Filing for bankruptcy as a business owner can be extremely complicated, and it is important to understand how the complexities of U.S. bankruptcy law are likely to affect your case. There is a lot of important information for business owners to know about bankruptcy, and our experienced bankruptcy attorneys have outlined five important things for business owners to know in Nashville, Cookeville, and throughout the state of Tennessee.
1. Businesses Typically File for Chapter 11 or Chapter 7 Bankruptcy
In most cases, businesses that are filing for bankruptcy will file for either Chapter 11 bankruptcy or Chapter 7 bankruptcy. These two types of bankruptcy both allow businesses to come to terms with their debts, but there are many important distinctions between them. Chapter 7 bankruptcy is a type of liquidation bankruptcy, so it is for business owners who understand the business needs to close and remaining assets that are of value must be liquidated to repay creditors. Chapter 11 bankruptcy is a type of reorganization bankruptcy that allows the business to reorganize its debts.
2. Chapter 11 Bankruptcy Can Allow Your Business to Continue Operating
While a Chapter 7 bankruptcy requires a business to close, many businesses that need bankruptcy protection want to file for Chapter 11 bankruptcy because it is a type of bankruptcy that allows a business to continue operating while getting back on track with debts. To be clear, a business in Chapter 11 bankruptcy does not have to close, but instead can develop a plan for repaying business debts over a period of time while keeping its doors open.
3. Chapter 7 Bankruptcy is Available for Individuals but Handled Differently for Businesses
Both individuals and corporate businesses can file for Chapter 7 bankruptcy, but the cases are handled differently. For an individual’s Chapter 7 bankruptcy, that individual must pass the “means test” and will be eligible to have debts discharged at the end of the case. For a corporate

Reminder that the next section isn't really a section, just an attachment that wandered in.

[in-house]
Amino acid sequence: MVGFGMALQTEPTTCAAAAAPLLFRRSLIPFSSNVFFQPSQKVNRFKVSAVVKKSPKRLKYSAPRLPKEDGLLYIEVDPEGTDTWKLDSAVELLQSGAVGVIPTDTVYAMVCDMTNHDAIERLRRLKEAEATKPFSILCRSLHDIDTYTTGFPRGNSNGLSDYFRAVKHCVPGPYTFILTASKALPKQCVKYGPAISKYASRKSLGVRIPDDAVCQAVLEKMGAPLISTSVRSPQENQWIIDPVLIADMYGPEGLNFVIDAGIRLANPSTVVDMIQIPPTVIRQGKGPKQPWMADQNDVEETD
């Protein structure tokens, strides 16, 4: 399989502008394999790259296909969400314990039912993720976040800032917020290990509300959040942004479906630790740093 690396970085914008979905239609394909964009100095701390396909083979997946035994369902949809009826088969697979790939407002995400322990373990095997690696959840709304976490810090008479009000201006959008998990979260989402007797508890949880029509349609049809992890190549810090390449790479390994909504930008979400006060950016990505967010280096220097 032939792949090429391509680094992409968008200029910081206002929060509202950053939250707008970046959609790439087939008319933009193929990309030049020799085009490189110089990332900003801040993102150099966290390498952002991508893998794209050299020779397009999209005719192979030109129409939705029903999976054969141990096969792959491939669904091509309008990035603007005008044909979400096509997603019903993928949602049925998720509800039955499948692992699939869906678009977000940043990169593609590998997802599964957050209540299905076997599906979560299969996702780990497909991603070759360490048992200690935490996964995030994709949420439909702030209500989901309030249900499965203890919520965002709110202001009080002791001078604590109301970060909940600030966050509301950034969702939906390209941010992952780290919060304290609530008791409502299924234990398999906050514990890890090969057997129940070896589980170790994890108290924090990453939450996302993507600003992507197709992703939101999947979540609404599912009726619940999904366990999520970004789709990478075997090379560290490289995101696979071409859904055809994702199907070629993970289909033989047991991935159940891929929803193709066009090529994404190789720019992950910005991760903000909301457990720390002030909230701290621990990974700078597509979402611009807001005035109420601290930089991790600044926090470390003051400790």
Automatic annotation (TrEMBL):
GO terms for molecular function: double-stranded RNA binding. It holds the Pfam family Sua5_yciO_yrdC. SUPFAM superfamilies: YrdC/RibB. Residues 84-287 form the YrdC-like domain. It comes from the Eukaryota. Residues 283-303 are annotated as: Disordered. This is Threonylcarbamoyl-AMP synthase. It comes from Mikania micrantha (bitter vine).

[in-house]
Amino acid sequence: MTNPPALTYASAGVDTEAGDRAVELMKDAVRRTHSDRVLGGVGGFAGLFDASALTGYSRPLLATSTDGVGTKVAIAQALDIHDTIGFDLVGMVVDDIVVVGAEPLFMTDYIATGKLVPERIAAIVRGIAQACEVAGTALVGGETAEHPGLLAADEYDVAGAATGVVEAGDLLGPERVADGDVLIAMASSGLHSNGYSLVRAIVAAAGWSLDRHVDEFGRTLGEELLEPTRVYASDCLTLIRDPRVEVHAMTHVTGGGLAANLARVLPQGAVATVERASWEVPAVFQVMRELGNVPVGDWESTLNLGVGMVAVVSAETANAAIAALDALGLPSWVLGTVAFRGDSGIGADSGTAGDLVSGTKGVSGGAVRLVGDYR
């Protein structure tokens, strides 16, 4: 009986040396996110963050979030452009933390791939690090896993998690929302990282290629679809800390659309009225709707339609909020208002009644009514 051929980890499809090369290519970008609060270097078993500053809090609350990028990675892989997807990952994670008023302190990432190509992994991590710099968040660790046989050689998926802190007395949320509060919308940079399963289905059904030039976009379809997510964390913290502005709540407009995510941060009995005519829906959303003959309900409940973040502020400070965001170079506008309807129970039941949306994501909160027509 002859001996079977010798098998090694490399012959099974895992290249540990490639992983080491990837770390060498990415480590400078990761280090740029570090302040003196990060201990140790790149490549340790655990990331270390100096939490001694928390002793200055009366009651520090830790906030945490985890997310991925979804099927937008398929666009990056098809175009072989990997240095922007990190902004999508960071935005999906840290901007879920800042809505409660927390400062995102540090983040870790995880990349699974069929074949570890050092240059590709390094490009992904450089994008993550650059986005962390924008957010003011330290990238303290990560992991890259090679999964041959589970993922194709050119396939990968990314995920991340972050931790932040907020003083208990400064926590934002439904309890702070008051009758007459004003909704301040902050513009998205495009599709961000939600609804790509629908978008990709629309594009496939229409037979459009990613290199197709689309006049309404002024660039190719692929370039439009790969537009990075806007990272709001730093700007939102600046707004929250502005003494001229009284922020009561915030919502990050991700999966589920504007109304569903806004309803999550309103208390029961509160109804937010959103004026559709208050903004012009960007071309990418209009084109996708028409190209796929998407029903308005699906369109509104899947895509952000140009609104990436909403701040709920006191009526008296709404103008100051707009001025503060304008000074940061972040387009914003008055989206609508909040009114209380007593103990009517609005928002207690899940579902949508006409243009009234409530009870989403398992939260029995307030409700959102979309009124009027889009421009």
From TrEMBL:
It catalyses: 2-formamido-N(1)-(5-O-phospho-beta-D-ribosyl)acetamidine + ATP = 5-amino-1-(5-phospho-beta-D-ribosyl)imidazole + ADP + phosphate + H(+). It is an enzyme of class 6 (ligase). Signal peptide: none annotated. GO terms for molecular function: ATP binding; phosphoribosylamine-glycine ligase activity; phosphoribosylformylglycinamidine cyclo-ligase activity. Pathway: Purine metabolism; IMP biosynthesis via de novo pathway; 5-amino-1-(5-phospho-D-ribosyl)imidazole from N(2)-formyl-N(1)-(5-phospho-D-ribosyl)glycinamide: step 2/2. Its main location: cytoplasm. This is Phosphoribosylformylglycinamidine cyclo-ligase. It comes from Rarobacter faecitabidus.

business, there is no need to pass the means test, and there is no need for a debt discharge at the end of the case since the corporation is no longer operating and all the assets of value have been administered by a Chapter 7 Trustee.
4. Sole Proprietorships Have Important Distinctions to Consider
If your business is a sole proprietorship, you will need to approach bankruptcy differently than other business owners since you and your business are the same legal entity. In other words, filing for business bankruptcy will mean filing a personal bankruptcy, or vice versa. Accordingly, sole proprietors who file for Chapter 7 bankruptcy will need to consider issues for consumers, but they also may be eligible for Chapter 13 bankruptcy or Chapter 11 bankruptcy.
5. Business Owners Filing for Consumer Bankruptcy May Have Special Considerations
Depending upon the structure of your business, filing a personal bankruptcy ultimately could affect your business—especially if your business is a sole proprietorship for the reasons discussed above. You should seek advice from a lawyer about your situation.
Contact Our Middle Tennessee Bankruptcy Lawyers Today
If you are a business owner and you have questions about filing for bankruptcy, it is important to seek advice from an experienced Middle Tennessee bankruptcy attorney who can assist you with your case. Our firm can help you to determine the right course of action for your business. Do not hesitate to get in touch with us to find out more about how we can assist you. Contact Lefkovitz & Lefkovitz online today for more information. You can also reach us by phone in our Nashville office at 615-256-8300 or in our Cookeville office at 931-528-5297.